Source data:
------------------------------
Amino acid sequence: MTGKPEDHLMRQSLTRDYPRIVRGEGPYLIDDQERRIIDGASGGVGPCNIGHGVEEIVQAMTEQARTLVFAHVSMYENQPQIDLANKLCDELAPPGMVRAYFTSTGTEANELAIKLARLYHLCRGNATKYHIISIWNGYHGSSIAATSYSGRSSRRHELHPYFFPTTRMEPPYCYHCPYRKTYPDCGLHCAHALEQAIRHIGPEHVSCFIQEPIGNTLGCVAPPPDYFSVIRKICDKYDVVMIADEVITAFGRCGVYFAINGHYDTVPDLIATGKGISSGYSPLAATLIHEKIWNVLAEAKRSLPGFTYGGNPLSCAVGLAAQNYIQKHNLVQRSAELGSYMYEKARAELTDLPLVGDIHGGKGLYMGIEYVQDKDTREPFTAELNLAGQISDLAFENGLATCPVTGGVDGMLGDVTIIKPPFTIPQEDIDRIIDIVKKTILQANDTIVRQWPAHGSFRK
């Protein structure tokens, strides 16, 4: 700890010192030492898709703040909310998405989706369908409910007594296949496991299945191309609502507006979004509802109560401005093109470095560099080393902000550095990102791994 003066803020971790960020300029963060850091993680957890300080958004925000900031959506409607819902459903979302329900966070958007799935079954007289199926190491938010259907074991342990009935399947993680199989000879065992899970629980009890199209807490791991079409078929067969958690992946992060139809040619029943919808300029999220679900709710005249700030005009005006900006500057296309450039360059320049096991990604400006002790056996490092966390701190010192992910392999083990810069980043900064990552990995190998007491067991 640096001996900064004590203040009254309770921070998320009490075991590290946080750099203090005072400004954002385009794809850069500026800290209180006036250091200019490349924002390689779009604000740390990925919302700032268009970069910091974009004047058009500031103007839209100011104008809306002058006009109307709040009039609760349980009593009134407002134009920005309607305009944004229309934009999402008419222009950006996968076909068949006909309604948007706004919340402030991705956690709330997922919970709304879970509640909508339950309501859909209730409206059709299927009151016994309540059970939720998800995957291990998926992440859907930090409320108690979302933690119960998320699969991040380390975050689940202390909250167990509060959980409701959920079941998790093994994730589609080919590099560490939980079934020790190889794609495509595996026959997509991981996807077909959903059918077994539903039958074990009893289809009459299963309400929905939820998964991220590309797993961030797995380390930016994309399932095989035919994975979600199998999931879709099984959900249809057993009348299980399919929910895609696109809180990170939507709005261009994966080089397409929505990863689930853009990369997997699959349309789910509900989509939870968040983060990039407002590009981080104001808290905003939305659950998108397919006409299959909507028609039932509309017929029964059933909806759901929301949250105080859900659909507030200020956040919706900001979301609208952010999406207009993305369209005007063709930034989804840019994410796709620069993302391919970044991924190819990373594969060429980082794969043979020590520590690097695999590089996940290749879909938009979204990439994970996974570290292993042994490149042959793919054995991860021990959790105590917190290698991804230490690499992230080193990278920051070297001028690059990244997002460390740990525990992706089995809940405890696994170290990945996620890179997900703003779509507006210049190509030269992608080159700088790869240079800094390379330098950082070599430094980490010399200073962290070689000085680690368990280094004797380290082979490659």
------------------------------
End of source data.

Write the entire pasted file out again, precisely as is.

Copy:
Amino acid sequence: MTGKPEDHLMRQSLTRDYPRIVRGEGPYLIDDQERRIIDGASGGVGPCNIGHGVEEIVQAMTEQARTLVFAHVSMYENQPQIDLANKLCDELAPPGMVRAYFTSTGTEANELAIKLARLYHLCRGNATKYHIISIWNGYHGSSIAATSYSGRSSRRHELHPYFFPTTRMEPPYCYHCPYRKTYPDCGLHCAHALEQAIRHIGPEHVSCFIQEPIGNTLGCVAPPPDYFSVIRKICDKYDVVMIADEVITAFGRCGVYFAINGHYDTVPDLIATGKGISSGYSPLAATLIHEKIWNVLAEAKRSLPGFTYGGNPLSCAVGLAAQNYIQKHNLVQRSAELGSYMYEKARAELTDLPLVGDIHGGKGLYMGIEYVQDKDTREPFTAELNLAGQISDLAFENGLATCPVTGGVDGMLGDVTIIKPPFTIPQEDIDRIIDIVKKTILQANDTIVRQWPAHGSFRK
């Protein structure tokens, strides 16, 4: 700890010192030492898709703040909310998405989706369908409910007594296949496991299945191309609502507006979004509802109560401005093109470095560099080393902000550095990102791994 003066803020971790960020300029963060850091993680957890300080958004925000900031959506409607819902459903979302329900966070958007799935079954007289199926190491938010259907074991342990009935399947993680199989000879065992899970629980009890199209807490791991079409078929067969958690992946992060139809040619029943919808300029999220679900709710005249700030005009005006900006500057296309450039360059320049096991990604400006002790056996490092966390701190010192992910392999083990810069980043900064990552990995190998007491067991 640096001996900064004590203040009254309770921070998320009490075991590290946080750099203090005072400004954002385009794809850069500026800290209180006036250091200019490349924002390689779009604000740390990925919302700032268009970069910091974009004047058009500031103007839209100011104008809306002058006009109307709040009039609760349980009593009134407002134009920005309607305009944004229309934009999402008419222009950006996968076909068949006909309604948007706004919340402030991705956690709330997922919970709304879970509640909508339950309501859909209730409206059709299927009151016994309540059970939720998800995957291990998926992440859907930090409320108690979302933690119960998320699969991040380390975050689940202390909250167990509060959980409701959920079941998790093994994730589609080919590099560490939980079934020790190889794609495509595996026959997509991981996807077909959903059918077994539903039958074990009893289809009459299963309400929905939820998964991220590309797993961030797995380390930016994309399932095989035919994975979600199998999931879709099984959900249809057993009348299980399919929910895609696109809180990170939507709005261009994966080089397409929505990863689930853009990369997997699959349309789910509900989509939870968040983060990039407002590009981080104001808290905003939305659950998108397919006409299959909507028609039932509309017929029964059933909806759901929301949250105080859900659909507030200020956040919706900001979301609208952010999406207009993305369209005007063709930034989804840019994410796709620069993302391919970044991924190819990373594969060429980082794969043979020590520590690097695999590089996940290749879909938009979204990439994970996974570290292993042994490149042959793919054995991860021990959790105590917190290698991804230490690499992230080193990278920051070297001028690059990244997002460390740990525990992706089995809940405890696994170290990945996620890179997900703003779509507006210049190509030269992608080159700088790869240079800094390379330098950082070599430094980490010399200073962290070689000085680690368990280094004797380290082979490659």